Bank of Israel study: No housing bubble

Home prices rose 35% in real terms between December 2007 and August 2010 - an average rate of 12% a year.

"We find no evidence of a housing bubble as of August 2010. If there is a bubble, it is in the early stages and is not yet seen in the data," state Bank of Israel researchers Dovman Polina, Ribon Sigal, and Yakhin Yossi in a report, "The Housing Market in Israel 2008-2010: are house prices a bubble?"

The researchers note that home prices rose 35% in real terms between December 2007 and August 2010 - an average rate of 12% a year, well above their long-term growth rate. This raised concern that the rise in home prices was disconnected from the market fundamentals, and was based on expectations of capital gains and the development of a bubble process.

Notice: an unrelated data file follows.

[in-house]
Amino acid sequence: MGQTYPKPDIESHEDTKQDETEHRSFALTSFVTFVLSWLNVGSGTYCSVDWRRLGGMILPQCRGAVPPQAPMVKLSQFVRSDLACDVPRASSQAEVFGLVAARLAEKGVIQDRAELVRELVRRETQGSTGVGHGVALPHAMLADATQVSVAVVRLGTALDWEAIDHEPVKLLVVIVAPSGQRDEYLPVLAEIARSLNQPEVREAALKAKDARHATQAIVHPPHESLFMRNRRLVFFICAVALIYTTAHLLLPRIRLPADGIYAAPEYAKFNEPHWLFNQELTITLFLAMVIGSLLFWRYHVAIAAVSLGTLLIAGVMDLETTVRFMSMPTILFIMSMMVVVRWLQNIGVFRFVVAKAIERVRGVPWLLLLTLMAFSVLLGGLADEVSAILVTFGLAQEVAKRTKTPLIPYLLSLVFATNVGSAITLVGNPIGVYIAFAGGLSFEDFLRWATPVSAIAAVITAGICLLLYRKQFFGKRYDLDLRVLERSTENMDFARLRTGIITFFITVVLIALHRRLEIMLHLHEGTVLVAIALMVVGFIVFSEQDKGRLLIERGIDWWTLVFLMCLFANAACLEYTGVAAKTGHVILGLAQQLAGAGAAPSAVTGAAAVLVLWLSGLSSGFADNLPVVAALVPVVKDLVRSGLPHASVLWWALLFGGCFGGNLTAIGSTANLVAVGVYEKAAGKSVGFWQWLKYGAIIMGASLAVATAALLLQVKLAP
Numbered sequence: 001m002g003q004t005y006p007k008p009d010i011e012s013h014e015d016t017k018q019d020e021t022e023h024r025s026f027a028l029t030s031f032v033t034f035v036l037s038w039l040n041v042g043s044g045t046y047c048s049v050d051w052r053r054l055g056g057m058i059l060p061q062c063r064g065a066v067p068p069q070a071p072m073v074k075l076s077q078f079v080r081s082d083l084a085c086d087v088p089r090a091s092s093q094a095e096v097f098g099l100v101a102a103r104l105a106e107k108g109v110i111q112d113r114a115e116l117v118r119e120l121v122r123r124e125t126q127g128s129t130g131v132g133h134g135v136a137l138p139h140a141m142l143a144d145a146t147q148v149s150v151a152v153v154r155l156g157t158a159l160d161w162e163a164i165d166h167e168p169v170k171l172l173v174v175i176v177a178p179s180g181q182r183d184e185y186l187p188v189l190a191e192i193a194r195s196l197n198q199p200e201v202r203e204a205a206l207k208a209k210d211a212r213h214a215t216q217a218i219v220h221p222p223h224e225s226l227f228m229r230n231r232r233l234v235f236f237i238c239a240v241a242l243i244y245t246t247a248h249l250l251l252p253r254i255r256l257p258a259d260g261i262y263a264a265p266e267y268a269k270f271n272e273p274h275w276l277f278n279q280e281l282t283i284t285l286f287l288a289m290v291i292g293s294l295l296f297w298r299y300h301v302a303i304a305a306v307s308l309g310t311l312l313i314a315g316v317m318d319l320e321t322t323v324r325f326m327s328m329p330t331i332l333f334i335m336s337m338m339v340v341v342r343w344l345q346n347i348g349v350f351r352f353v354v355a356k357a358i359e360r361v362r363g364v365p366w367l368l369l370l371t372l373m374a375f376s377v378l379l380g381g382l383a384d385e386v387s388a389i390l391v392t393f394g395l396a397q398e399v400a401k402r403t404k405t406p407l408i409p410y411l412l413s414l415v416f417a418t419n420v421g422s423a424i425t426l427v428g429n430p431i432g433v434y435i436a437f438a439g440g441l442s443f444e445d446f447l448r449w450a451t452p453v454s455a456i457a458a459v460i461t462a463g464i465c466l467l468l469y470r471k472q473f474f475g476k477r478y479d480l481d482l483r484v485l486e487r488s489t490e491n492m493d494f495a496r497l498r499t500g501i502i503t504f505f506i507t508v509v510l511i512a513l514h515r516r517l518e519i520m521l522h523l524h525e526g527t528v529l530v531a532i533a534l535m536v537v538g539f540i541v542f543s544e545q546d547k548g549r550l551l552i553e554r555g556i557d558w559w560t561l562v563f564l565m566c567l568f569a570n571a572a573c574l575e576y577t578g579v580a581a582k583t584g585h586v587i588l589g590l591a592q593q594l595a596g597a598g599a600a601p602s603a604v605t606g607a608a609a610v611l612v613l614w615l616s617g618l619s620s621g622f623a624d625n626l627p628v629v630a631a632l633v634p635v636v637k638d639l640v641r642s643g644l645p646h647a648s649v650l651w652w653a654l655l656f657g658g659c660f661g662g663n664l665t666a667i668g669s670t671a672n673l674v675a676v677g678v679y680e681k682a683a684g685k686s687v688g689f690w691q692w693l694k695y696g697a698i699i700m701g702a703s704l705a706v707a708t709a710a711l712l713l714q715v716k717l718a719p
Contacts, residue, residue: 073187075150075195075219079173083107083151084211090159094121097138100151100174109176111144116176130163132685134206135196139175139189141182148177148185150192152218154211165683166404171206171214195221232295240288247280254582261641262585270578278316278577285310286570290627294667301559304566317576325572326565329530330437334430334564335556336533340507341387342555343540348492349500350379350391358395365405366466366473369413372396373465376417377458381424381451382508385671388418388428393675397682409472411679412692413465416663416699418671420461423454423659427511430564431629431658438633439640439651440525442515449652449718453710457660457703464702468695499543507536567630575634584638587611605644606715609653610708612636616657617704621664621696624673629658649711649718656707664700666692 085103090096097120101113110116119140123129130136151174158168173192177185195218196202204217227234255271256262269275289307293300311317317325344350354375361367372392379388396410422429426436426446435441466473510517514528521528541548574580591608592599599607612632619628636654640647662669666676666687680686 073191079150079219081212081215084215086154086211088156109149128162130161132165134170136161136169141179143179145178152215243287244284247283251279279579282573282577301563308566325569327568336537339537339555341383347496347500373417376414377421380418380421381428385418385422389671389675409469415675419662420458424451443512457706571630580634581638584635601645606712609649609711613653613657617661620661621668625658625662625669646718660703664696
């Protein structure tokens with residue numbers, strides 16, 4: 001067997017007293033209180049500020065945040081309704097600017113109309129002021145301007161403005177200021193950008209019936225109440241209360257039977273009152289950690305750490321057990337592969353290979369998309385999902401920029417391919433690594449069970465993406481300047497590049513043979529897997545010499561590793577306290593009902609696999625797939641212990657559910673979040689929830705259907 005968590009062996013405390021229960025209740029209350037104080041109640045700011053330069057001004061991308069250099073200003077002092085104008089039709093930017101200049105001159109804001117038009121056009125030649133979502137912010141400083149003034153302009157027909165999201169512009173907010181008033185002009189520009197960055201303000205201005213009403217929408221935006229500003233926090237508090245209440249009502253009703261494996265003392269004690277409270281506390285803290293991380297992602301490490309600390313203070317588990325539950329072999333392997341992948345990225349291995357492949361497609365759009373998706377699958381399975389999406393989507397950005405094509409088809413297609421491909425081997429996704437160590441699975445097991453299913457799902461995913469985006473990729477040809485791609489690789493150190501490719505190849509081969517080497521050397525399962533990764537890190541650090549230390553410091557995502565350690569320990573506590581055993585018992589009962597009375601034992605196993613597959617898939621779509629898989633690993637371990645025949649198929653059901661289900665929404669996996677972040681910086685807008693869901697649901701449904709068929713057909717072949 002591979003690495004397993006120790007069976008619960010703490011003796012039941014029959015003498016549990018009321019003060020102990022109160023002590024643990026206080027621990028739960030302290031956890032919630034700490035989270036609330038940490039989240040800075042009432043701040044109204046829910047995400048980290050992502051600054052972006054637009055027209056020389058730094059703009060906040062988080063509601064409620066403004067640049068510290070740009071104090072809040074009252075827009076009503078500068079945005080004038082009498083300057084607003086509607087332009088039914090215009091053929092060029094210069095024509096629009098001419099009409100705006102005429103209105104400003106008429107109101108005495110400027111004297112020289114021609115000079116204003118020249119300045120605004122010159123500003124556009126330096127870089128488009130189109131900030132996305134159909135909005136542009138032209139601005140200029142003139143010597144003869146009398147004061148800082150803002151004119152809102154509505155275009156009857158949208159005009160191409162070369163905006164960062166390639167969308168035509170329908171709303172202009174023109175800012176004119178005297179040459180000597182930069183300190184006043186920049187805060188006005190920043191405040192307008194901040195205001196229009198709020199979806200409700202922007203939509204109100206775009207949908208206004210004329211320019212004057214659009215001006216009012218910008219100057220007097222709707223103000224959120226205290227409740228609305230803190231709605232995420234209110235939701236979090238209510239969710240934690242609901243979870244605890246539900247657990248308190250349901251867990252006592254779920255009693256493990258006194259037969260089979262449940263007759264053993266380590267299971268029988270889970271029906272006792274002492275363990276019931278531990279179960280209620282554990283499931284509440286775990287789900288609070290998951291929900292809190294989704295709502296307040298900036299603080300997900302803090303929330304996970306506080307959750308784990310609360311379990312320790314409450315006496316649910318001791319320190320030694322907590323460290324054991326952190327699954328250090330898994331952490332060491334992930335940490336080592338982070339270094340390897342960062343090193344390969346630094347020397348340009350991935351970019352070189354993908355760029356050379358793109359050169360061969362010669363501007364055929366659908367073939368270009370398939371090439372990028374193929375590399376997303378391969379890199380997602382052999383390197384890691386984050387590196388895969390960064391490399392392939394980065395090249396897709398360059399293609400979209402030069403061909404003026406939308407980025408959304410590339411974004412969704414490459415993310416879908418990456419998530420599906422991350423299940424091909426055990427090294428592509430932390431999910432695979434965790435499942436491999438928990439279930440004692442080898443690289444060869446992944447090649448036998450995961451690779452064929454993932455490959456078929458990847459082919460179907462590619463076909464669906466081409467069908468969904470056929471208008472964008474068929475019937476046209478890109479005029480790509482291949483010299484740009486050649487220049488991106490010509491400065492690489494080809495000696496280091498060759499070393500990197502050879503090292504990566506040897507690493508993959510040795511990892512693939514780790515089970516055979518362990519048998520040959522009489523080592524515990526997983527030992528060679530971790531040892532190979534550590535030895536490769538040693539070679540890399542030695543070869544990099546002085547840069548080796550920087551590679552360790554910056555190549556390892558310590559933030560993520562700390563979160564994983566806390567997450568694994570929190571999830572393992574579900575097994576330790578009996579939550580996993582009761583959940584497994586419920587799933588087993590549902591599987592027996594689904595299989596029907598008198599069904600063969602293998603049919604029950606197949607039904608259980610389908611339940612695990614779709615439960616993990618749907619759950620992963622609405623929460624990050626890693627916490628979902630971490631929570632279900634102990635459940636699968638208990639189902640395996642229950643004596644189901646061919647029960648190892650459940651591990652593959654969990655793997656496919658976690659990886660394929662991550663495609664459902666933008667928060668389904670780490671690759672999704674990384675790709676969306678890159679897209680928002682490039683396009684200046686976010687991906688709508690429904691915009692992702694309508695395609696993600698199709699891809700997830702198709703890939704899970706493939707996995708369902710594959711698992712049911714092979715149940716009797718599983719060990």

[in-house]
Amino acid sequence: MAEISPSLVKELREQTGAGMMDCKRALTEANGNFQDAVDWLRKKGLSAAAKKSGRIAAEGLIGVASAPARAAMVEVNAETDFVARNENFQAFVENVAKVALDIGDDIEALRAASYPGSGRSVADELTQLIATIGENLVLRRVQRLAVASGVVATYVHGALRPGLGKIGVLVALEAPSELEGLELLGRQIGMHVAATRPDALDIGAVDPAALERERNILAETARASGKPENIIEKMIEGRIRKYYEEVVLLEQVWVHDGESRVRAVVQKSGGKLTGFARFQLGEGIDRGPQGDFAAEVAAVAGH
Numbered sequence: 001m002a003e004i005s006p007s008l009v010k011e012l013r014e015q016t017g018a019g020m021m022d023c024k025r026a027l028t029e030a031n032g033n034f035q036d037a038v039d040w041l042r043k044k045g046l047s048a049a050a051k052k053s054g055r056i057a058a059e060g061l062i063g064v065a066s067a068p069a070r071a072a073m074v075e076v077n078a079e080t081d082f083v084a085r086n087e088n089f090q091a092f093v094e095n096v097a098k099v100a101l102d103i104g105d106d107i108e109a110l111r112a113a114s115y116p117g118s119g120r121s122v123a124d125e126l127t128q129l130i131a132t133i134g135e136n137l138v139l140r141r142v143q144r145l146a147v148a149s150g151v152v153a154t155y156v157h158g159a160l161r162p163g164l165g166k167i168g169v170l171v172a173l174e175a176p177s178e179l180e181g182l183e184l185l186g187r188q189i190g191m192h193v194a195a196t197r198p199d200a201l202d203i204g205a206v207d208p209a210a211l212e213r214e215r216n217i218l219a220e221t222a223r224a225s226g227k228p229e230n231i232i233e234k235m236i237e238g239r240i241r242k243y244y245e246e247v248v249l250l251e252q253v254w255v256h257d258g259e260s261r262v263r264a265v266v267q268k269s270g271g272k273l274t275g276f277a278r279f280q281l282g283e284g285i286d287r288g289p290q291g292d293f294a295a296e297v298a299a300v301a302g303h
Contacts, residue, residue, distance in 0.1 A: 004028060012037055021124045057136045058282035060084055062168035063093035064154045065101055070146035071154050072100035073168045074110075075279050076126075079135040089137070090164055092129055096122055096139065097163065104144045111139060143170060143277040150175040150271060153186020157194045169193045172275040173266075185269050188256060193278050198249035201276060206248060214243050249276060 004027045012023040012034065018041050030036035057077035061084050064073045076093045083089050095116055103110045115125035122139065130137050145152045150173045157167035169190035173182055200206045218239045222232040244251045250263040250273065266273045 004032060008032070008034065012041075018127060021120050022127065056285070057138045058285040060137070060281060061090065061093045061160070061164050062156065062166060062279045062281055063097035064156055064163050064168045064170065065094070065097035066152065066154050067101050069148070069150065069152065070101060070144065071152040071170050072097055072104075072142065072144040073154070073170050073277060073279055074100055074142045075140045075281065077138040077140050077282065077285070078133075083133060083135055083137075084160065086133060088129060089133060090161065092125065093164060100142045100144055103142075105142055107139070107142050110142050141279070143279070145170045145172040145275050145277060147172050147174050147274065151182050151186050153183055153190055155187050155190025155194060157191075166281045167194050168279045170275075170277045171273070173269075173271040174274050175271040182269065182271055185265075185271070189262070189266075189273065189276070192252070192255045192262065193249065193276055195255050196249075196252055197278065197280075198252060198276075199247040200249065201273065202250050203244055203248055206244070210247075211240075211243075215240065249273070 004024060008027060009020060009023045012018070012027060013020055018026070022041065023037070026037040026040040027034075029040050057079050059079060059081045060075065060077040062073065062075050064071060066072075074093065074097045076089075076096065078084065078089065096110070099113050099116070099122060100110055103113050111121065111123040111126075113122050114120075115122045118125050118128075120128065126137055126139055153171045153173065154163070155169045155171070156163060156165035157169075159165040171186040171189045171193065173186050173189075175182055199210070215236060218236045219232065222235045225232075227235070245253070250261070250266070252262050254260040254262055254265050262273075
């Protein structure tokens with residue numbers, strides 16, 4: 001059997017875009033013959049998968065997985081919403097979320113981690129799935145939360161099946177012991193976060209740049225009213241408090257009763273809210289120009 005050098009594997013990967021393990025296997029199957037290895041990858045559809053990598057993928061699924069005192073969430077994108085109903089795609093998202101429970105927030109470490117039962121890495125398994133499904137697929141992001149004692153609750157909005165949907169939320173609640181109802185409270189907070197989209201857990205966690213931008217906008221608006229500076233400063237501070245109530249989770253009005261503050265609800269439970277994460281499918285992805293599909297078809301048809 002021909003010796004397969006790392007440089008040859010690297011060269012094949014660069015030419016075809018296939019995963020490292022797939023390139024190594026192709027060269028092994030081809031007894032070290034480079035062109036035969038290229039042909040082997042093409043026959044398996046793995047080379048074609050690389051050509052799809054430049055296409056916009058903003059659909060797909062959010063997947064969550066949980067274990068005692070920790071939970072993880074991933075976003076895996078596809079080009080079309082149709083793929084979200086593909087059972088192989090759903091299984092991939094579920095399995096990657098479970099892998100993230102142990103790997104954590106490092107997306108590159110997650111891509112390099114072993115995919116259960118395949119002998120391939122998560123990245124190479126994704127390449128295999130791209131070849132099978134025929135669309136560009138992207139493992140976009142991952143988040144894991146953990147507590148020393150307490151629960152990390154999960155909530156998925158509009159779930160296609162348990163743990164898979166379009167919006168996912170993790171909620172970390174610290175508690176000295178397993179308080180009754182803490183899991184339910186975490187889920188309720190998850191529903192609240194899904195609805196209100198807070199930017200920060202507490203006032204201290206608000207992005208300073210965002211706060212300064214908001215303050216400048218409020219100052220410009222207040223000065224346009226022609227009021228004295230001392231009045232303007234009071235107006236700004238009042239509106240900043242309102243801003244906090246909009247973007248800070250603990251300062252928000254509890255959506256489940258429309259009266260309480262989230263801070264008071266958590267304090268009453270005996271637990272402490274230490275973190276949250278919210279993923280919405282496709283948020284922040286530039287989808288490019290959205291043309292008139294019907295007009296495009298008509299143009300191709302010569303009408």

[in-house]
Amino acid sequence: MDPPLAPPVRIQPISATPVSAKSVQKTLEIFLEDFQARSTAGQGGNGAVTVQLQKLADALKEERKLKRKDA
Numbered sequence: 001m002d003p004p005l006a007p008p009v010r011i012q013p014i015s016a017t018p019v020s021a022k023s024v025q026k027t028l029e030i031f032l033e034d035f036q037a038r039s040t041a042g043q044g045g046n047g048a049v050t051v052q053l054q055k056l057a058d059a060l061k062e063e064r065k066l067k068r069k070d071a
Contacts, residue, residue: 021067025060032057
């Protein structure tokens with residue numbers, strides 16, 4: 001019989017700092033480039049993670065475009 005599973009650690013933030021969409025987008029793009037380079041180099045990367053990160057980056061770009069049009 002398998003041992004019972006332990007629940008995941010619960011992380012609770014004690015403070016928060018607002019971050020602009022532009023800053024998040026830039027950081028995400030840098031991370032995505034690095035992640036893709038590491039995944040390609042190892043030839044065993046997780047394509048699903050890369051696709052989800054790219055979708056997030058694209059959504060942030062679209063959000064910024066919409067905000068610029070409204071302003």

The researchers examined home prices from the perspective of the rent-income ratio and then based on a comparison of the standard property pricing with the fundamental price, which is derived from three different methods.

The researchers' analysis found that while home prices in August 2010 were somewhat higher compared with the long-term fundamental factors, they did not deviate from levels in previous episodes. Various measures found that the actual prices ranged between 3% below the fundamental price and 10% above it.

Published by Globes [online], Israel business news - www.globes-online.com - on July 10, 2011

© Copyright of Globes Publisher Itonut (1983) Ltd. 2011

5 Comments
View comments in rows
Update by email about comments talkback
POST
Comments
Twitter Facebook Linkedin RSS Newsletters גלובס MAD Conference 2017